Soldiers supporting the coup led by General Augusto Pinochet take cover as bombs are dropped on the presidential palace of La Moneda on September 11, 1973 (AP Photo/Enrique Aracena)

Bombs rained over Santiago, Chile, on September 11, 1973. That morning, after months of political chaos, the country’s military launched a coup. Holed up in La Moneda, the presidential palace, Salvador Allende, the country’s socialist president, recorded a final, defiant radio address to the country. Then he took his AK-47, a gift from Fidel Castro, and shot himself.

Chile’s coup introduced 17 years of repressive military dictatorship under Augusto Pinochet, in which thousands were killed, tortured or “disappeared”.

That dark moment in the nation’s history would never have happened without Western meddling. We know the United States was desperate to remove Allende, and that the CIA helped create the conditions for the coup and prop up the Pinochet regime.

But we know less about Australia’s involvement. We know Australian spies were stationed in Santiago at the time. We don’t know what exactly they were doing there. Soon that could change. Tomorrow the Administrative Appeals Tribunal (AAT) will hear a case which could reveal the extent of the Australian Secret Intelligence Service’s (ASIS) involvement in the coup, following a four-year campaign by UNSW Canberra Professor Clinton Fernandes.

But the government and intelligence agencies are battling to keep that information secret.

How the West broke Chile

To understand what Australian spies were doing in Chile, we need to understand the country’s tragic history. In 1970 Allende became the first democratically elected Marxist head of state in the Americas. US president Richard Nixon was furious, and wanted Allende gone. According to the sinister logic of cold war realpolitik, Allende was a threat who would bring Marxism to the Western hemisphere.

Desperate to stop Allende taking office after a narrow election win, the US tried to stage a coup. First, it had Rene Schneider, the apolitical head of the country’s armed forces, murdered in a kidnapping attempt gone wrong. The killers were paid off by the CIA in hush money.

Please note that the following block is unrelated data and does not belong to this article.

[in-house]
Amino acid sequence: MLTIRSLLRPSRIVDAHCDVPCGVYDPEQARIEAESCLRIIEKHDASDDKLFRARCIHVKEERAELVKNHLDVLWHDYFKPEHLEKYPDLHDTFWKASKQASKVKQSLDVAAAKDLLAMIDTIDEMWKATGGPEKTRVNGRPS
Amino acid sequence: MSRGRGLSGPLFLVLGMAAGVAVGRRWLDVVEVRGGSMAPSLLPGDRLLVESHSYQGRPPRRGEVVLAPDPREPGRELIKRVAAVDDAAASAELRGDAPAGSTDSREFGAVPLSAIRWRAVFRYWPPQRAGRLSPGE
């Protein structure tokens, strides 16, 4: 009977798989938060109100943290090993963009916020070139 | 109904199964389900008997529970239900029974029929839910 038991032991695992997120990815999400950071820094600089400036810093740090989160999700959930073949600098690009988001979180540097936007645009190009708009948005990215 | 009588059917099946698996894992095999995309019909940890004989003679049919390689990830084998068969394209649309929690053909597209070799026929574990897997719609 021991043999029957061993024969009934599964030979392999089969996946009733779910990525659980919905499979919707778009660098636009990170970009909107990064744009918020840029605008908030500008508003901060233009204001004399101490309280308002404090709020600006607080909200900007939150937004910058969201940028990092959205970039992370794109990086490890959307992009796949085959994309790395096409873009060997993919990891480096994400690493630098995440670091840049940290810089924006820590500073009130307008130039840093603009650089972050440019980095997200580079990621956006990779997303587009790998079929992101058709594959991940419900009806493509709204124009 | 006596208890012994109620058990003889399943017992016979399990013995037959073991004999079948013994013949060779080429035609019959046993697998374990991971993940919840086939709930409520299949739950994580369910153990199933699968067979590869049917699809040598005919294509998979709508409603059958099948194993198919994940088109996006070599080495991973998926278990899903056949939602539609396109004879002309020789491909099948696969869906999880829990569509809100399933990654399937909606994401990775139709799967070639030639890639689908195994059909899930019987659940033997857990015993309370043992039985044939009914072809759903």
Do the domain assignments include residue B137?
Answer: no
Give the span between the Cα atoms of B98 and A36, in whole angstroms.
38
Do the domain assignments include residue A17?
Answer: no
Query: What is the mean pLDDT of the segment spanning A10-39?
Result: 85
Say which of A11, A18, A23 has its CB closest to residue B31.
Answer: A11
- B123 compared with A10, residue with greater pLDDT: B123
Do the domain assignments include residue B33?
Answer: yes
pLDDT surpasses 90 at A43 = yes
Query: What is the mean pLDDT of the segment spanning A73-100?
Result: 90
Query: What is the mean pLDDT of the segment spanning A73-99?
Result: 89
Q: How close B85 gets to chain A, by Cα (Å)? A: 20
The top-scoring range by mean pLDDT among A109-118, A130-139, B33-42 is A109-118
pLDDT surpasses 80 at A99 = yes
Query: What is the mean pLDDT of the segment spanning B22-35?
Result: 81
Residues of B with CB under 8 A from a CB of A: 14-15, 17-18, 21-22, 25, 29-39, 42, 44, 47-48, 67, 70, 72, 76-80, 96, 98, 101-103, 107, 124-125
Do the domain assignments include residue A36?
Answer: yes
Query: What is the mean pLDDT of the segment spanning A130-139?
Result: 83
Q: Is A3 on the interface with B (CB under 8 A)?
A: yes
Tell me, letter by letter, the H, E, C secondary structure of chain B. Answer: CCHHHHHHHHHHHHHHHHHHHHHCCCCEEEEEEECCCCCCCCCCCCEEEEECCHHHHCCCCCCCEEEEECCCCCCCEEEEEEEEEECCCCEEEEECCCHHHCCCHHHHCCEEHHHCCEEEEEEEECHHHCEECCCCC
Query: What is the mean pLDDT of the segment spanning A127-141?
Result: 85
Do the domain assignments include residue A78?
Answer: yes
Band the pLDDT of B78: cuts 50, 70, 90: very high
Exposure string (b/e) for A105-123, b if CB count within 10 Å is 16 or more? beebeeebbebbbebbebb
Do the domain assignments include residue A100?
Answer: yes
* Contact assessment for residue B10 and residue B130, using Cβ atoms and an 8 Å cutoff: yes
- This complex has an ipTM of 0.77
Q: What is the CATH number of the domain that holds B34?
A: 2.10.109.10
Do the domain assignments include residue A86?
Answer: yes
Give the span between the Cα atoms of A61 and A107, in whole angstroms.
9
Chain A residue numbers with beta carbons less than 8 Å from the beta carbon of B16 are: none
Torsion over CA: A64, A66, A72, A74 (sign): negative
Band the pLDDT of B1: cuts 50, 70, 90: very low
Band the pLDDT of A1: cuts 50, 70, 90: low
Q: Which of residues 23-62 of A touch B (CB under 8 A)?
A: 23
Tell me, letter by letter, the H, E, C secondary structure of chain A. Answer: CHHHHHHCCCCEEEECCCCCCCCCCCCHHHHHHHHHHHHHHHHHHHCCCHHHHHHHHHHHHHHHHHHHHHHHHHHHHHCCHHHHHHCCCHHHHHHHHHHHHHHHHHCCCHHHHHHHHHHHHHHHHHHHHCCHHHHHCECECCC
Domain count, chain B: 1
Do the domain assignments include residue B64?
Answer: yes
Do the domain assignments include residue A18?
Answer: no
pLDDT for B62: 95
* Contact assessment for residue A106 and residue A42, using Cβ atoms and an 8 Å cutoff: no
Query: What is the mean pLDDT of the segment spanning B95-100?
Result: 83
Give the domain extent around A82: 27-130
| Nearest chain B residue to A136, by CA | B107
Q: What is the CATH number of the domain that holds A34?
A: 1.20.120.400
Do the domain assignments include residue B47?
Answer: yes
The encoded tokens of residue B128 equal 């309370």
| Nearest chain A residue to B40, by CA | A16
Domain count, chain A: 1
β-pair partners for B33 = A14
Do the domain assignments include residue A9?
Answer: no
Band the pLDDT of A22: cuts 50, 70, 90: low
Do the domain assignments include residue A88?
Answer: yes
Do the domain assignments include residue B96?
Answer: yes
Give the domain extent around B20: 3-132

The assassination of Schneider backfired. Chileans, fed up with foreign meddling, rallied around Allende, and his victory was soon ratified by the country’s congress. Two days later, Nixon gathered his national security council to discuss ways to “bring about his downfall”. It did that by creating a “coup climate”, helping engineer so much economic, social and political upheaval that the military would feel bound to intervene and remove Allende. It took just three years.

We know all this because when it comes to disclosure about what their spies were up to the Americans are far better than we are. Most information on Chile was released at a Senate committee in 1975 and in 1999, when the Clinton administration began declassifying pages of documents about Chile after Pinochet’s arrest in London for human rights violations.

Australia’s involvement remains far more opaque, and everything we do know is pieced together from royal commission reports and public statements made decades ago.

In 1971, prime minister Billy McMahon stationed ASIS officers in Santiago at the Americans’ request. Importantly, until newspapers broke a series of sensational stories in 1972 most Australians, even those in high levels of government, didn’t even know about the existence of ASIS, set up by Robert Menzies two decades earlier.

Months into his term, Gough Whitlam discovered the presence of ASIS officers and ordered their removal in early 1973. He would later confirm before Parliament in 1977 that ASIS had been in Chile.